Planning for Seven Generations: Panel on Shared Approaches to Research and Education
(26 minutes)
Talk 8 of 8 on Day 2 of the Planning for Seven Generations Conference. Wildcat talks about the need for communication among groups with different world views. He emhasizes four points: Hold next year's conference at a tribal college, use the archive of this conference to build a curriculum for indigenous students, work with the whole person, and get involved in designing the research. Participants suggest applying for grants to initiate collaboration, having NCAR scientists visit tribal lands to build scientific collaborations, and getting indigenous people involved in the IPCC and national climate organizations. Kawagly and Rattling-Leaf describe programs that address the disconnect between native youths and their language and land.
Rajul Pandya (CBP) Apr. 09, 2008
Planning for Seven Generations: Indigenous & Scientific Approaches to Climate Change - Welcome
(11 minutes)
Talk 1 of 14 on Day 1 of the Planning for Seven Generations Conference. Martin Reinhardt of Colorado State University and the Tribal Education Departments National Assembly explains the symbolism of the eagle feather staff. Pandya discusses how indigenous people and scientists can work together to solve some of the problems of climate change. | Conference Website
Rick Anthes (UCAR) Apr. 09, 2008
Planning for Seven Generations: UCAR President's Welcome
(5 minutes)
Talk 2 of 14 on Day 1 of the Planning for Seven Generations Conference. An important part of UCAR's mission, according to Anthes, is reaching out to the broader community to promote healthy, secure, prosperous, and sustainable life for all people on Earth. Anthes illustrates the challenges facing society with images of the melting ice cap and Hurricane Katrina and concludes with a brief description of UCAR and its work.
Timothy Killeen (NCAR) Apr. 09, 2008
Planning for Seven Generations: NCAR President's Welcome
(17 minutes)
Talk 3 of 14 on Day 1 of the Planning for Seven Generations Conference. After a summary of NCAR's facilities and staffing, Killeen quotes the founding director of NCAR regarding the responsibility of science to serve humanity. NCAR's mission is to provide facilities for others to use as well as to study the Earth system. With Mount Kenya's disappearing glacier as am example, he highlights the role of science in predicting the challenges facing the Earth.
Billy Frank, Jr. (Northwest Indian Fisheries Commission) Apr. 09, 2008
Planning for Seven Generations: Opening Keynote
(49 minutes)
Talk 4 of 14 on Day 1 of the Planning for Seven Generations Conference. Frank talks about managing salmon and other threatened species for 20 tribes in the Northwest U.S. Everyone's survival depends on acknowledeing the problem, working together, and developing the political will to take action.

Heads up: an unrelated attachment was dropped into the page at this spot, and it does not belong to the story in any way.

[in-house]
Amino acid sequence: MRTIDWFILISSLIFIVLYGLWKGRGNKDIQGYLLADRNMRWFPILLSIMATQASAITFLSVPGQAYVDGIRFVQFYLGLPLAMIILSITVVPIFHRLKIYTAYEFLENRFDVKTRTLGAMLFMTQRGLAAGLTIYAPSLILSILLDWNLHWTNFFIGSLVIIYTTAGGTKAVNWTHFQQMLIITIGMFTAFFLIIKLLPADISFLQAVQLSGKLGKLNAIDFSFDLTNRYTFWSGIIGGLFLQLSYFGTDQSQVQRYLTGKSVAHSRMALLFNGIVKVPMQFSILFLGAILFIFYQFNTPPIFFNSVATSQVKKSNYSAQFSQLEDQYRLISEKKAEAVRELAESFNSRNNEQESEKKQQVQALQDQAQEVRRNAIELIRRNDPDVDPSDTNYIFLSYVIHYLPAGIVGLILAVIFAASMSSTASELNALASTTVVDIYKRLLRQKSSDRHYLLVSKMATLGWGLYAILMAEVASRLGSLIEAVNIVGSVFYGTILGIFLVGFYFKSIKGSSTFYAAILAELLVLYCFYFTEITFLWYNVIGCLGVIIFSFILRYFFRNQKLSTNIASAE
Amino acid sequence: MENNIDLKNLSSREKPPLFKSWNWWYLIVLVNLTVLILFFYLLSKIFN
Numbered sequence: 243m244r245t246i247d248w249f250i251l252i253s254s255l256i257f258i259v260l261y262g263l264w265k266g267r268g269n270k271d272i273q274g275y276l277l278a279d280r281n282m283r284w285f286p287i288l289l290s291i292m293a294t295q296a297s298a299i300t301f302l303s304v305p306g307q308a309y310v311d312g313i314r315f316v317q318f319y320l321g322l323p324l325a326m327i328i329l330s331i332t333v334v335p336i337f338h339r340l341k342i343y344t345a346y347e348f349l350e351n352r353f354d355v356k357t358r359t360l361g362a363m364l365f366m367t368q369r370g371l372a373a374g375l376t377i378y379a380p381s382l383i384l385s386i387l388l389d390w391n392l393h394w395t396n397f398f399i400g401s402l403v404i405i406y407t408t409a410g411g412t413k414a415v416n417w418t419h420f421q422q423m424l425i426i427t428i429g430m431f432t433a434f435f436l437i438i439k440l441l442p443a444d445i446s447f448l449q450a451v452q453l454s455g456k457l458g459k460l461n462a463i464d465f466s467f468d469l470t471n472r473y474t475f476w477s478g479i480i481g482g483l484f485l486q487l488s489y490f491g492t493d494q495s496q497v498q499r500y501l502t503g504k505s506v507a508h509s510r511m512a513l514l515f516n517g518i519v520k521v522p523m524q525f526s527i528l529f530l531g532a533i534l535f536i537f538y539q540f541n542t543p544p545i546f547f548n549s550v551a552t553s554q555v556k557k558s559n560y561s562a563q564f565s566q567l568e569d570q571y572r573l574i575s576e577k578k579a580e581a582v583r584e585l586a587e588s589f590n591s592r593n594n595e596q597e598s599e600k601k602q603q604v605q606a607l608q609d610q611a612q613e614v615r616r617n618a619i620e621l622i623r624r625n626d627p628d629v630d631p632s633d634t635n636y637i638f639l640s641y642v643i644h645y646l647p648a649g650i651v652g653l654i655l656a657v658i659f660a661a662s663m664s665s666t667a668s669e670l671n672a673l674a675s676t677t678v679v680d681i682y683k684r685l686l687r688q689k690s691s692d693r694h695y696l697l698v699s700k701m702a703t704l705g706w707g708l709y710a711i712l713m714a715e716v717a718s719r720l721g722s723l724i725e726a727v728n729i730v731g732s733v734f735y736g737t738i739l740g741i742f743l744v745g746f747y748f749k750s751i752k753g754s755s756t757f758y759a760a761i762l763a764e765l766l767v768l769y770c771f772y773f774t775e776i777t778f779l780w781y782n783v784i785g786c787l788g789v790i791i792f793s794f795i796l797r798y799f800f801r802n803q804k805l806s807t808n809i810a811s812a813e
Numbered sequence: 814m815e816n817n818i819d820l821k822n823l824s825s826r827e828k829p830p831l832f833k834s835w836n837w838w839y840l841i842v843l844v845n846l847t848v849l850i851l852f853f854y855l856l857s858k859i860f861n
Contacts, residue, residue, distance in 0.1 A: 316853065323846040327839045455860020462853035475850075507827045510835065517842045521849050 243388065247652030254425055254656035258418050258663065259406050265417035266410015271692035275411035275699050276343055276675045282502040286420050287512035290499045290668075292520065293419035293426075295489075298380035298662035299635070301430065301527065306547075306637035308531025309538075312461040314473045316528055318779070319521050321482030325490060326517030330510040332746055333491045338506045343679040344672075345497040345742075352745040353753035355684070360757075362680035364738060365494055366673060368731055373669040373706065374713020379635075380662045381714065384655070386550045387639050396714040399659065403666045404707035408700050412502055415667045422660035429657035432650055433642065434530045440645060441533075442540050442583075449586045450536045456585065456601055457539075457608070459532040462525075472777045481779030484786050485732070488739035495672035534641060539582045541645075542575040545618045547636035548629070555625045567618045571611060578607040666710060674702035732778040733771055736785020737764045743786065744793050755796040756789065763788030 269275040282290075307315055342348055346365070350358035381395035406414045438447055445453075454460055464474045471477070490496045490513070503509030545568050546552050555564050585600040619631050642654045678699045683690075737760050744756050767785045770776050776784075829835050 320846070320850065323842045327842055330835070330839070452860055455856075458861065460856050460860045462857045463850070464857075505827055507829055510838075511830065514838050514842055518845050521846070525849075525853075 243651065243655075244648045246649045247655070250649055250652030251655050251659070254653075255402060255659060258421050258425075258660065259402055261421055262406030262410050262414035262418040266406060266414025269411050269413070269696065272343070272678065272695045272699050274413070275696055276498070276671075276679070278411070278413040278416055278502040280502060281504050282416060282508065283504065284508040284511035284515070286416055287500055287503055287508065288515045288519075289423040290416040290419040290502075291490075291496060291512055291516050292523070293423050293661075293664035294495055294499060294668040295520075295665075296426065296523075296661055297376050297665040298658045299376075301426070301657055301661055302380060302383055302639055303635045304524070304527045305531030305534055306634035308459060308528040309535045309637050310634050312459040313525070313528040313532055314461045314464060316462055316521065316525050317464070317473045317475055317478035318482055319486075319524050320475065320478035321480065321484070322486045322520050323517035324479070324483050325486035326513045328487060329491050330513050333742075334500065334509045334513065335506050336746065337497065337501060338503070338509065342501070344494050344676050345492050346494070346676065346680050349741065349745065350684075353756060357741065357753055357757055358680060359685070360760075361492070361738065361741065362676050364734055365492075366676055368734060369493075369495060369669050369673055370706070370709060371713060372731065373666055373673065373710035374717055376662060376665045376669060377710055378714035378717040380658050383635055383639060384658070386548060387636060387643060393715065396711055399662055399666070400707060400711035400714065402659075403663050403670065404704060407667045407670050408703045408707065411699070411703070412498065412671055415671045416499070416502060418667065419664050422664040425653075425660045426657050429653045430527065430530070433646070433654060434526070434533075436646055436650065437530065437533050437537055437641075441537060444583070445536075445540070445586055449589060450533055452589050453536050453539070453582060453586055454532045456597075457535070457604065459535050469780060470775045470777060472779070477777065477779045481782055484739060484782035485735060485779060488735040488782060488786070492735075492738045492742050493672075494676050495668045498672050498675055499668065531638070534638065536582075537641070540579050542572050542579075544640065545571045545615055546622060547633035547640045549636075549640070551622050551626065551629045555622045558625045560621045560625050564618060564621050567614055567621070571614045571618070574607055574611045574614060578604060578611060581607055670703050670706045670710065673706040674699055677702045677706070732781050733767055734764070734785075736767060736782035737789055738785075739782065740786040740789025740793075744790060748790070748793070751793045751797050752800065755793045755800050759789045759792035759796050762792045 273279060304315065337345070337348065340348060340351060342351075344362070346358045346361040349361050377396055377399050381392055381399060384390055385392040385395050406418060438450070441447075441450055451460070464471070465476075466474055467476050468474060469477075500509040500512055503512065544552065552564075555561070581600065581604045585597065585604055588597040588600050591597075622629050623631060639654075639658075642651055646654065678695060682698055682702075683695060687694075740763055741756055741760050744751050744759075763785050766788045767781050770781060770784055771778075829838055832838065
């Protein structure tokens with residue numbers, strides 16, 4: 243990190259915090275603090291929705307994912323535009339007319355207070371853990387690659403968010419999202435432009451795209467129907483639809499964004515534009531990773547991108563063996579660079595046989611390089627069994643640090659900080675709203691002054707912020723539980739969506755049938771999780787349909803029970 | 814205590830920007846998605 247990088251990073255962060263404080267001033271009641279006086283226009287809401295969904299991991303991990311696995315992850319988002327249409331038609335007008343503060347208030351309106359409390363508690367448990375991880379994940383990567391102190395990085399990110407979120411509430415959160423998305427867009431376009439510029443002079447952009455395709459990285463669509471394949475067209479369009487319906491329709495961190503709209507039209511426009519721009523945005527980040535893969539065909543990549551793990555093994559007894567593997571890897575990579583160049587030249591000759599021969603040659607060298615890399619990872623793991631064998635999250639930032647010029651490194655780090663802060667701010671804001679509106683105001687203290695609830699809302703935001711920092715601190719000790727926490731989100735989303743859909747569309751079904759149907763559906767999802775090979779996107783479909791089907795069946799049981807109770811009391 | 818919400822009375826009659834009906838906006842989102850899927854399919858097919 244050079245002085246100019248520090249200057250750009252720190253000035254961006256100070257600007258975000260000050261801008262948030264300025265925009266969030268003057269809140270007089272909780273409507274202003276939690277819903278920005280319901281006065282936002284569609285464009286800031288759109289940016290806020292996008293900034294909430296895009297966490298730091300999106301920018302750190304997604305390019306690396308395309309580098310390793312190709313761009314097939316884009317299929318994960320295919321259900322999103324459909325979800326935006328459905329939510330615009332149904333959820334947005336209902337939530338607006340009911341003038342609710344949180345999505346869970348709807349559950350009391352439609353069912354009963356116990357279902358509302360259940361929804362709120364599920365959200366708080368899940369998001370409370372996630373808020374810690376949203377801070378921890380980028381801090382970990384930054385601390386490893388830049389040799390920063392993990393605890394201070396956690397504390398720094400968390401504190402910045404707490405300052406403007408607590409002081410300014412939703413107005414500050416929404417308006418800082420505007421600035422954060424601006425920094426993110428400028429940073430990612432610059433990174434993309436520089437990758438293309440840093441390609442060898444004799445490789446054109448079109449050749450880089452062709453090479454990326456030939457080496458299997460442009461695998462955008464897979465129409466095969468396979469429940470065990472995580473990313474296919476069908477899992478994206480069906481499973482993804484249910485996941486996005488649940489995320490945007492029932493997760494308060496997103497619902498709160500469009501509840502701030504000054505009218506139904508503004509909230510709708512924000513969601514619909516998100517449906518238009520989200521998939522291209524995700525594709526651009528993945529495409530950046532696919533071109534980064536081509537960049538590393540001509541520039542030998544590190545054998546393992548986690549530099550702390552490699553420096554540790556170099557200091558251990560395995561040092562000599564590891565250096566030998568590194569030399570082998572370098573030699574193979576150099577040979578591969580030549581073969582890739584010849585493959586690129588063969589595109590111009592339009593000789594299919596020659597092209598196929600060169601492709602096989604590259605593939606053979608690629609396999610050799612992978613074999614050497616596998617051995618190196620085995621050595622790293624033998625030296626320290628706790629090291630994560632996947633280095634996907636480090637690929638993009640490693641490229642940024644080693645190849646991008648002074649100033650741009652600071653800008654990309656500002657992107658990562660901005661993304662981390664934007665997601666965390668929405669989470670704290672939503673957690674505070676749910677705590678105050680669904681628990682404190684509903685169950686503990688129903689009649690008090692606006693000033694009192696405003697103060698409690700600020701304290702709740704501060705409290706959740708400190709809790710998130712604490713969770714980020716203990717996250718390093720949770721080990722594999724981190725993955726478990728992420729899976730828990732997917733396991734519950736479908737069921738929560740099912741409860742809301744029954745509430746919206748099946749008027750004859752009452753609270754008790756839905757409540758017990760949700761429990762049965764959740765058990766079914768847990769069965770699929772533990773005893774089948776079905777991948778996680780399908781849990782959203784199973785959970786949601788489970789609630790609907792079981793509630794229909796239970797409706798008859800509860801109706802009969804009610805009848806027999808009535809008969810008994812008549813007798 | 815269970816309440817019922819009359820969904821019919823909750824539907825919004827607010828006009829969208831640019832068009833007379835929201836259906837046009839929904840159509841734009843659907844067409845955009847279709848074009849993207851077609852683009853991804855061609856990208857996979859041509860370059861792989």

Elisabeth Holland (ACD) Apr. 09, 2008
Planning for Seven Generations: Keynote Speaker II
(98 minutes)
Talk 5 of 14 on Day 1 of the Planning for Seven Generations Conference. Holland describes the history and methodology of the IPCC. The most recent report (2007) states that warming is unequivocal and that most of the warming of the past 50 years is due to increases in greenhouse gases. In the short term, more warming is inevitable. Longer-term warning will depend on choices made now. We can expect more weather extremes and rising sea levels. A lively question and answer session follows Holland's talk.
Leroy Little Bear (Blackfoot Confederacy) Apr. 09, 2008
Planning for Seven Generations: Observations and Projections of a Changing Climate - Leroy Little Bear
(24 minutes)
Talk 6 of 14 on Day 1 of the Planning for Seven Generations Conference. Daniel Wildcat introduces the panel members. Little Bear outlines the differences between the world view of native peoples and that of scientists. Native American Indians see the world as being in constant flux and based on energy waves. Everything is animate and everything is related. Learning comes through repetition and renewal. Western science has traditionally studied the material world in isolation; polarized thinking is typical. There is little regard for repetition in the education process. He concludes with his own observations of climate change.
Caspar Ammann (CGD) Apr. 09, 2008
Planning for Seven Generations: Observations and Projections of a Changing Climate - Caspar Ammann
(25 minutes)
Talk 7 of 14 on Day 1 of the Planning for Seven Generations Conference. According to Ammann, paleoclimatology has some similarities with the world view of native peoples. Climate is a continuum in which everything is interconnected. Scientists look for discontinuities in that continuum and are finding them in the extremes of precipitation, glacier collapse, and sea-level rise. Climate models are now partners to data in the study of climate change and the perspective is moving from global to local.